The Many Ways to Utilize the Power of the .htaccess File on Your Website

The htaccess file is a powerful file that can significantly control the behavior of your website. It can be used to secure your website, restrict site access, give redirect commands and perform several other functions.

 

Further reading:

6 Ways to Protect Your Website From Security Hacks

How to secure your website from attacks using the .htaccess file

How to Properly Use Redirects on Your Website

 

The .htaccess file controls how Apache interacts with your site. When an .htaccess file is placed in your domain’s directory, the .htaccess file is detected and executed by the Apache web server.

Generally, the .htaccess file is commonly used for the following:

  • Denying specific IPs to your site
  • Password protecting your site with an .htaccess file
  • Redirecting specific pages
  • Rewriting URLs
  • Custom error pages
 

Using an .htaccess file on your website is unlikely to cause any problems. However, it is possible for errors to occur if the rules entered into the file are incorrect which may cause your site to suddenly display a 500 error. If something like this occurs, you can comment out the rules/lines you have just added by placing a ‘#’ in front of each line. Repeat this until you find the line causing the error.

 

Further reading:

How website errors affect search engine rankings

Real Live Case: How We Addressed a Joomla White Screen Error on a Live Website

The Complete Guide to Troubleshoot and Fix the Most Common WordPress Errors

 

Creating an .htaccess file web server

You can create an .htaccess directly on your web server using an FTP client or SSH. If you're using an FTP client, make sure it has been configured to show hidden files. This is necessary since the .htaccess file begins with a period.

Make sure that when you create the .htaccess file you do NOT add a file extension. This file should only be titled .htaccess with no extension.

 

What permissions should the file have?

644 permissions are usually fine for an .htaccess file. When you create the file on the server, it should already have these permissions set, so there is most likely nothing to change.

 

Further reading:

WordPress Security: The SQL Injection

Top Three Best Safeguards for Every WordPress Website

15 Best Practices for Joomla Website Security

 

Where to put your .htaccess file?

Generally, you put the .htaccess file in your website's main directory. However, the location ultimately depends on what you're attempting to do with the .htaccess file.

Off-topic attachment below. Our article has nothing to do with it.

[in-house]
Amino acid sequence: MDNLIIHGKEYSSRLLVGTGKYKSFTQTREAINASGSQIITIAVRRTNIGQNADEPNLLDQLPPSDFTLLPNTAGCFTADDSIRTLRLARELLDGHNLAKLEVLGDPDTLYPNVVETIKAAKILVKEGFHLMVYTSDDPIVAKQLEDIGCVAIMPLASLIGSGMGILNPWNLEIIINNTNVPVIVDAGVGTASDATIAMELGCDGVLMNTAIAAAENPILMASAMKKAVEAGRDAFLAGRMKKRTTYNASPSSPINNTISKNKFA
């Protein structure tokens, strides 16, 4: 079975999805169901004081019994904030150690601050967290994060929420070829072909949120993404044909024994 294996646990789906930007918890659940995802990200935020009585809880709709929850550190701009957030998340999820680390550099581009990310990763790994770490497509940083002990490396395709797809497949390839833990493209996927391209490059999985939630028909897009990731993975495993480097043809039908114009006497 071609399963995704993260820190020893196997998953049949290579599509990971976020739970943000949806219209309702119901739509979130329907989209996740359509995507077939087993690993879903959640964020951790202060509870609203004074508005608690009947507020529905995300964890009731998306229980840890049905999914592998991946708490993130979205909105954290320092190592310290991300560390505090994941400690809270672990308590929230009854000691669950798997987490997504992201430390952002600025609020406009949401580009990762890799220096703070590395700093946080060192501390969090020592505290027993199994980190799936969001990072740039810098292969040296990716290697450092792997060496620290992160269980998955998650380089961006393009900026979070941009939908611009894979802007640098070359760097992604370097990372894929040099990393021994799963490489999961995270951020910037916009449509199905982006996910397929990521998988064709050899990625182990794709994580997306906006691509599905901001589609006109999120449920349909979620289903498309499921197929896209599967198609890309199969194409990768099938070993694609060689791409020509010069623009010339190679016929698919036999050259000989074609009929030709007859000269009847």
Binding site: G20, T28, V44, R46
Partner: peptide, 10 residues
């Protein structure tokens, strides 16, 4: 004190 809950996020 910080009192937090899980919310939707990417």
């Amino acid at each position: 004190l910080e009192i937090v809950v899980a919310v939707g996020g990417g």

The .htaccess file can control behavior for every directory under the folder it resides in. For this reason it can also be in your user's home directory. Again, it depends on what you're using the .htaccess file for.

 

Do I need to reload my server or website after creating my .htaccess file?

Your .htaccess file (and any changes that you make to it) should be reflected on the live site immediately. You do not need to reload your site's Apache service, although external caching services such as Cloudflare might need their caches flushed.

 

Further reading:

Recommended Caching Plugins for Your WordPress Website

 

What can I do with an .htaccess file?

There are several things you can do with an .htaccess file to customize your site.

 

Changing PHP settings in an .htaccess file

In some server configurations, it's possible to adjust your PHP settings within your .htaccess file. For example:

php_value  upload_max_filesize  600M

DreamHost does not allow this type of configuration. If you need to adjust your PHP settings, you must do so within a phprc file. View the following articles for information on how to create and configure this file.

 

How can I control file extensions with an .htaccess file?

Creating an .htaccess file on your DreamHost web server

View the following article for instructions on how to create an .htaccess file on your web server:

If the file already exists, update it (depending on if you're using an FTP client or SSH):

 

What to change in the examples below?

The examples below can be entered into your .htaccess file exactly as shown.

Only if the example contains a URL in bold should you change that to your actual URL. For example, if you see the domain 'example.com', change this to your own domain name.

Changing the file extension

This example allows you to use a .zig extension in addition to the regular .php extension. So, you could access a file at example.zig as well as example.php:

Options +FollowSymlinks